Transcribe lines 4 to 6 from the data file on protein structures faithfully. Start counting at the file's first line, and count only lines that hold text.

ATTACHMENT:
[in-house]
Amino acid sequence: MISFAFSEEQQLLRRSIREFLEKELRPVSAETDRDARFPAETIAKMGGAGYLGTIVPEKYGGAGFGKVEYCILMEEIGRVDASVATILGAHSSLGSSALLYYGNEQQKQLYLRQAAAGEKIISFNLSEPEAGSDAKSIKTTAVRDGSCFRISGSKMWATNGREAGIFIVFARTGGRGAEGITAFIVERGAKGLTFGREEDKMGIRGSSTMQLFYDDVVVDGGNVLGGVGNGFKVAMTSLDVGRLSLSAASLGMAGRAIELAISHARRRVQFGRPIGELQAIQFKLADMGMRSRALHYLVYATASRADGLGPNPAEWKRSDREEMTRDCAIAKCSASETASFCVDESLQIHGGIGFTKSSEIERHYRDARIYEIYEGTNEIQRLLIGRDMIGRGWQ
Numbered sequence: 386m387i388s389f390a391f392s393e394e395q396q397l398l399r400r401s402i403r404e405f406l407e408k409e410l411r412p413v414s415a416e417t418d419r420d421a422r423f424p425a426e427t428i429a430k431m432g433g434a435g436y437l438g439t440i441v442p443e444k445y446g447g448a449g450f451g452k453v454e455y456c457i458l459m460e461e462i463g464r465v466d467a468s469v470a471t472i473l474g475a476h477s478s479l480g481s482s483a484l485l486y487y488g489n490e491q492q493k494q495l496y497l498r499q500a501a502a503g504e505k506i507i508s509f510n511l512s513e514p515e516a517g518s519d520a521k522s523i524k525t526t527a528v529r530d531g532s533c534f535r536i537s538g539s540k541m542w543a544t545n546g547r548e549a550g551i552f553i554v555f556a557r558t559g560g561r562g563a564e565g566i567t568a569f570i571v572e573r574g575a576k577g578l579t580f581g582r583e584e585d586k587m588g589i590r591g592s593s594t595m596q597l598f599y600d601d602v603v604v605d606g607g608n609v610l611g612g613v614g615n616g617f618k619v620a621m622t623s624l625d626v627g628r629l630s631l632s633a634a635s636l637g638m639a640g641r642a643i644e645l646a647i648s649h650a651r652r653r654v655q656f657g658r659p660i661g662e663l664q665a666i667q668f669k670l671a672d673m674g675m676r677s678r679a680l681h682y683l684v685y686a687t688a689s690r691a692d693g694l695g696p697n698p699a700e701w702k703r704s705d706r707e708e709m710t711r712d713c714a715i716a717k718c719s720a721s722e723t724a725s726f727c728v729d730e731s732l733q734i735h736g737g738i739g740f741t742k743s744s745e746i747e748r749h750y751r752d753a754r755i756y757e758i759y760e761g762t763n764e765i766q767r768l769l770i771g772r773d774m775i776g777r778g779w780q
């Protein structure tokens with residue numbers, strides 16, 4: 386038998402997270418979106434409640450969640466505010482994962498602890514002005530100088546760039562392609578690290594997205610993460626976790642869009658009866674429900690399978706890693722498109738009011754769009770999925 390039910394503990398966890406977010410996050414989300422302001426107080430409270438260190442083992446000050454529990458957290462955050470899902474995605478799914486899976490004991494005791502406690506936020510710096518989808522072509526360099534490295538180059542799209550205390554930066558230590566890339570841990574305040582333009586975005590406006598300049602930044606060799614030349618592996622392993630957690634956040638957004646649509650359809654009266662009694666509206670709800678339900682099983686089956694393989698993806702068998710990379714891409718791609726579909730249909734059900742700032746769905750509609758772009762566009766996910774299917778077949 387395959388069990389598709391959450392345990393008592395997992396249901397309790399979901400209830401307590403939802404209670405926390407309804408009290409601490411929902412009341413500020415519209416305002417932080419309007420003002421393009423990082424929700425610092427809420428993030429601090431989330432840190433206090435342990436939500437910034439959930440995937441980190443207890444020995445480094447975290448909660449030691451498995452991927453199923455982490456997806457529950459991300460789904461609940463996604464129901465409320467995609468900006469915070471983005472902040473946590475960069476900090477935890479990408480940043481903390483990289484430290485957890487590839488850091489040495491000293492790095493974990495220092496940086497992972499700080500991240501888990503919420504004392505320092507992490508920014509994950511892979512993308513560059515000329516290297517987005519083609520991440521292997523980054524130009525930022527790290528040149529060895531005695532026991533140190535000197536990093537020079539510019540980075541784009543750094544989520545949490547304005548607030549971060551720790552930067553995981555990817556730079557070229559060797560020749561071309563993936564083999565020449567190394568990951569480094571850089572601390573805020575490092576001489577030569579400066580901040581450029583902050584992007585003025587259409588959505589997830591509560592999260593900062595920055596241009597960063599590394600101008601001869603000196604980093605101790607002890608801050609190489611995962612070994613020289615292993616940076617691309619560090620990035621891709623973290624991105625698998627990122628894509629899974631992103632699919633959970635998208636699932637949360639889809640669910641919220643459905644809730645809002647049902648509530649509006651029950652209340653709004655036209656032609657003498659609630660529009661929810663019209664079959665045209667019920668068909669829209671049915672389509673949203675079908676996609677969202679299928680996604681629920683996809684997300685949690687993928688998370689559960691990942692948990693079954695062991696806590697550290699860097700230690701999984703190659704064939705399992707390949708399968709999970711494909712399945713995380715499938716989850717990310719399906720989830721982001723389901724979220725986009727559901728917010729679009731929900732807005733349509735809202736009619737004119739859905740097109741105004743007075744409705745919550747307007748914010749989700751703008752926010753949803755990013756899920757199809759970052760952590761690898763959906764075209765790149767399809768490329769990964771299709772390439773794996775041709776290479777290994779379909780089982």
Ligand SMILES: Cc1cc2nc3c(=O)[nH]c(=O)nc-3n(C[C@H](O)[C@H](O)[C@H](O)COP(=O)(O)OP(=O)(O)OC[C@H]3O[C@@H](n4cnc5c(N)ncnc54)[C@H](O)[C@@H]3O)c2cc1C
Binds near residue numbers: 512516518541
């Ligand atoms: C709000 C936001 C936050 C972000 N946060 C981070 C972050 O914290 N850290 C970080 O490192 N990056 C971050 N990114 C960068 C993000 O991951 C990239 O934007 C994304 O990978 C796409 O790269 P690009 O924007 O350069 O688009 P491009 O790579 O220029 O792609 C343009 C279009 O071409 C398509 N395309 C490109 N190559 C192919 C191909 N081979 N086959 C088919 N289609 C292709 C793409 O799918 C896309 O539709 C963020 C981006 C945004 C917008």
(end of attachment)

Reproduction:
């Protein structure tokens with residue numbers, strides 16, 4: 386038998402997270418979106434409640450969640466505010482994962498602890514002005530100088546760039562392609578690290594997205610993460626976790642869009658009866674429900690399978706890693722498109738009011754769009770999925 390039910394503990398966890406977010410996050414989300422302001426107080430409270438260190442083992446000050454529990458957290462955050470899902474995605478799914486899976490004991494005791502406690506936020510710096518989808522072509526360099534490295538180059542799209550205390554930066558230590566890339570841990574305040582333009586975005590406006598300049602930044606060799614030349618592996622392993630957690634956040638957004646649509650359809654009266662009694666509206670709800678339900682099983686089956694393989698993806702068998710990379714891409718791609726579909730249909734059900742700032746769905750509609758772009762566009766996910774299917778077949 387395959388069990389598709391959450392345990393008592395997992396249901397309790399979901400209830401307590403939802404209670405926390407309804408009290409601490411929902412009341413500020415519209416305002417932080419309007420003002421393009423990082424929700425610092427809420428993030429601090431989330432840190433206090435342990436939500437910034439959930440995937441980190443207890444020995445480094447975290448909660449030691451498995452991927453199923455982490456997806457529950459991300460789904461609940463996604464129901465409320467995609468900006469915070471983005472902040473946590475960069476900090477935890479990408480940043481903390483990289484430290485957890487590839488850091489040495491000293492790095493974990495220092496940086497992972499700080500991240501888990503919420504004392505320092507992490508920014509994950511892979512993308513560059515000329516290297517987005519083609520991440521292997523980054524130009525930022527790290528040149529060895531005695532026991533140190535000197536990093537020079539510019540980075541784009543750094544989520545949490547304005548607030549971060551720790552930067553995981555990817556730079557070229559060797560020749561071309563993936564083999565020449567190394568990951569480094571850089572601390573805020575490092576001489577030569579400066580901040581450029583902050584992007585003025587259409588959505589997830591509560592999260593900062595920055596241009597960063599590394600101008601001869603000196604980093605101790607002890608801050609190489611995962612070994613020289615292993616940076617691309619560090620990035621891709623973290624991105625698998627990122628894509629899974631992103632699919633959970635998208636699932637949360639889809640669910641919220643459905644809730645809002647049902648509530649509006651029950652209340653709004655036209656032609657003498659609630660529009661929810663019209664079959665045209667019920668068909669829209671049915672389509673949203675079908676996609677969202679299928680996604681629920683996809684997300685949690687993928688998370689559960691990942692948990693079954695062991696806590697550290699860097700230690701999984703190659704064939705399992707390949708399968709999970711494909712399945713995380715499938716989850717990310719399906720989830721982001723389901724979220725986009727559901728917010729679009731929900732807005733349509735809202736009619737004119739859905740097109741105004743007075744409705745919550747307007748914010749989700751703008752926010753949803755990013756899920757199809759970052760952590761690898763959906764075209765790149767399809768490329769990964771299709772390439773794996775041709776290479777290994779379909780089982």
Ligand SMILES: Cc1cc2nc3c(=O)[nH]c(=O)nc-3n(C[C@H](O)[C@H](O)[C@H](O)COP(=O)(O)OP(=O)(O)OC[C@H]3O[C@@H](n4cnc5c(N)ncnc54)[C@H](O)[C@@H]3O)c2cc1C
Binds near residue numbers: 512516518541